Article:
Anticrime group cites Inquirer anew, reporter


05:31 AM September 24th, 2012

September 24th, 2012 05:31 AM

THE INQUIRER’s Julie Aurelio receives her award from VACC chair Dante Jimenez while Leni Robredo looks on. CONTRIBUTED PHOTO/VACC

The Philippine Daily Inquirer and its reporter, Julie M. Aurelio, Saturday bagged the top print media awards at the 14th anniversary of Volunteers Against Crime and Corruption (VACC) in Quezon City.

The VACC composed mostly of relatives of victims of heinous crimes, handed out the Outstanding Newspaper Award to the Inquirer, while Aurelio was cited as this year’s Outstanding News Reporter.

“I think this is the ninth time you were given the Newspaper of the Year Award. You were inducted into the Hall of Fame four years ago,” said VACC chair Dante Jimenez during the ceremonies held at the Multi-Purpose Hall of Camp Crame, meaning the Inquirer.

The VACC handed its kalabasa (Shame) award to the Court of Appeals. The VACC said the appellate court ruled against crime victims in several cases, including those that had already been won in the lower courts.

The Inquirer was cited for “sustaining its quality publication with the highest regard for journalistic professionalism and integrity and for its unwavering standards and courageous reporting of news that enable it to maintain its credibility through the years.”

Aurelio was recognized for “her passionate commitment to responsible and fair newspaper reporting that benefited various social and political issues and concerns, including those that touch on the advocacy of justice.”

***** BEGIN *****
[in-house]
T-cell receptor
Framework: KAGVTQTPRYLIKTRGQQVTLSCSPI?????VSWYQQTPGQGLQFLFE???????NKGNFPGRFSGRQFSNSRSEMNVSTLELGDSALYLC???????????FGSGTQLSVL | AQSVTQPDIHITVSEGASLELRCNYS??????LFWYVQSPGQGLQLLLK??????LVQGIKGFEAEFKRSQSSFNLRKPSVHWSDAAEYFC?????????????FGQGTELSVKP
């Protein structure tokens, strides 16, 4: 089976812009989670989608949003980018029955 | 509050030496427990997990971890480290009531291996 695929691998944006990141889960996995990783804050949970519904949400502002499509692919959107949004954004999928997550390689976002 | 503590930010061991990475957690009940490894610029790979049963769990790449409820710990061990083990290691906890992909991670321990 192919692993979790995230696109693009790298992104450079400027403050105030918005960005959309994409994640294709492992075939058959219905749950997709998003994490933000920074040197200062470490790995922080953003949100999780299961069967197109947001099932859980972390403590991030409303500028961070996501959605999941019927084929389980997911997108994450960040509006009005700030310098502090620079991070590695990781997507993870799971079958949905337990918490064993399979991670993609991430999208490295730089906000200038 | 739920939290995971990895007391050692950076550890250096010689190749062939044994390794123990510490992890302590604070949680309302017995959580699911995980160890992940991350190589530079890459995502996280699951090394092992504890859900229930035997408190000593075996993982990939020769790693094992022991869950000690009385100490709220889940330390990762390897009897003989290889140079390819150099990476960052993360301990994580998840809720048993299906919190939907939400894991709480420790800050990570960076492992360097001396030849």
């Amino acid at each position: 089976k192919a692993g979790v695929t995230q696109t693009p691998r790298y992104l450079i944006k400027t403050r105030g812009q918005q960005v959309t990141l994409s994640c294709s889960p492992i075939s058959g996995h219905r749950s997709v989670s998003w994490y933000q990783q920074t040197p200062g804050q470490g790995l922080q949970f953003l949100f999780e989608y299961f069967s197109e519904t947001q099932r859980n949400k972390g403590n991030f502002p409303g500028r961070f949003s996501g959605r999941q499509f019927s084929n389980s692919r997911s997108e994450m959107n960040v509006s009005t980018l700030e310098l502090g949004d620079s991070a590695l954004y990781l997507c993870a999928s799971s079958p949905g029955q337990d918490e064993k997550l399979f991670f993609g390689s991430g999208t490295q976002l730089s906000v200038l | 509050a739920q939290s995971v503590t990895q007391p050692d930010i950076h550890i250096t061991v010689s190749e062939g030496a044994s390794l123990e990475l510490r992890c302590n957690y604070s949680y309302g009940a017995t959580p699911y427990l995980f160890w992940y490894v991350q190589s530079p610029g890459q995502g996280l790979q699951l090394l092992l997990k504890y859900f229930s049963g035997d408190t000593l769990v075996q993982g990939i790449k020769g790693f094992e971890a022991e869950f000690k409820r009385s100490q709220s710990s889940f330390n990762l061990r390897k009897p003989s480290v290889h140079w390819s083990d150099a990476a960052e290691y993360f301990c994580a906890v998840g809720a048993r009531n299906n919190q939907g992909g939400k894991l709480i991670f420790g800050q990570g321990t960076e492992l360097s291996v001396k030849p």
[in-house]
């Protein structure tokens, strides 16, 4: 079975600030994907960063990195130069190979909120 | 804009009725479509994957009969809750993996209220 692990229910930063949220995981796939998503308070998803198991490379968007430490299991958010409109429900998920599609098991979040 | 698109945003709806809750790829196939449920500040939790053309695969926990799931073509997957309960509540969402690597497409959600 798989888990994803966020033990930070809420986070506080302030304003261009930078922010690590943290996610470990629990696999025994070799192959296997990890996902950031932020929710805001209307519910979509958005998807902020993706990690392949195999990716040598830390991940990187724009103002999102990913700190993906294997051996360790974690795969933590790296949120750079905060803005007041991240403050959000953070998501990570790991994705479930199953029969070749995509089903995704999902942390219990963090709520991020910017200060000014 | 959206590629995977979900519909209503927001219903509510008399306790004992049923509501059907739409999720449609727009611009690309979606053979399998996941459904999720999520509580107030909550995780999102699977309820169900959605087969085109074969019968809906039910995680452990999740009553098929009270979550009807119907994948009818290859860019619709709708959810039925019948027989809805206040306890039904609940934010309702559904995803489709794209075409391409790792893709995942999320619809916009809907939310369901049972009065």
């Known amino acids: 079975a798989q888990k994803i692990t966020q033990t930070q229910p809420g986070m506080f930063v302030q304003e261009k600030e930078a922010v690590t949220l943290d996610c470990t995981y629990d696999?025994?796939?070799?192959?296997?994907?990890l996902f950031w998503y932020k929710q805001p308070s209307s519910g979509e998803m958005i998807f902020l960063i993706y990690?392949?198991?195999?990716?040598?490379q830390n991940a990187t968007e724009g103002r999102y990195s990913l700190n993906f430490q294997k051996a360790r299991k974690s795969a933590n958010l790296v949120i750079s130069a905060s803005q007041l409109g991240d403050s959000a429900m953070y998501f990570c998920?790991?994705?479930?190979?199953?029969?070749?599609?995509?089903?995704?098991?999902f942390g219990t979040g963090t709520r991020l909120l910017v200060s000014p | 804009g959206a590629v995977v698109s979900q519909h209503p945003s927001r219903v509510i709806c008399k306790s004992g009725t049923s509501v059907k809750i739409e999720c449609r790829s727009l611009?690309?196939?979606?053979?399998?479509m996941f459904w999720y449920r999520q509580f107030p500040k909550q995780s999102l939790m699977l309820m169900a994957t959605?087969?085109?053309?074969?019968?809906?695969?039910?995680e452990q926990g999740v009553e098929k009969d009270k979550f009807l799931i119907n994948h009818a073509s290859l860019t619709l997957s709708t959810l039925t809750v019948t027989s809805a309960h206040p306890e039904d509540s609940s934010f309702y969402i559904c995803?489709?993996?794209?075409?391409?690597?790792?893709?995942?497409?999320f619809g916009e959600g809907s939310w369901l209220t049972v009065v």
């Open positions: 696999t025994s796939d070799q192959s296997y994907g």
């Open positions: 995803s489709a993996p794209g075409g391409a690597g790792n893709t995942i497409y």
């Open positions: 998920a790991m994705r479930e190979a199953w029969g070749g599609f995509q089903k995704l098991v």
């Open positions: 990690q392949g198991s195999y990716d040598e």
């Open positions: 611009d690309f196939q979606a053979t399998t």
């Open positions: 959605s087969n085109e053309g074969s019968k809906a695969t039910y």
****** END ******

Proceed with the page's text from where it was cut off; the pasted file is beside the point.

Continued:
Lawyer Ma. Leonor G. Robredo, widow of former Interior Secretary Jesse Robredo and guest of honor at the ceremony, praised this year’s awardees from media, the government and the private sector.

“Even the media can make headlines reporting on other things but the focus on crime and corruption helps not just the ratings but the larger society as well. You all decided to be part of the solution rather than point fingers and play the blame game,” Robredo said.

Aurelio said the award would inspire her and the Inquirer to better serve the public and to take the lead in exposing corruption and fighting other crimes in government.

“It’s an honor to be recognized by a prestigious body for my work which I generally consider as my way of serving the people. I am very thankful for this surprise,” Aurelio said.

“This recognition inspires me and the Inquirer to be at the forefront of exposing corruption and fighting crime in our capacity as members of the fourth estate,” she added. Philip C. Tubeza

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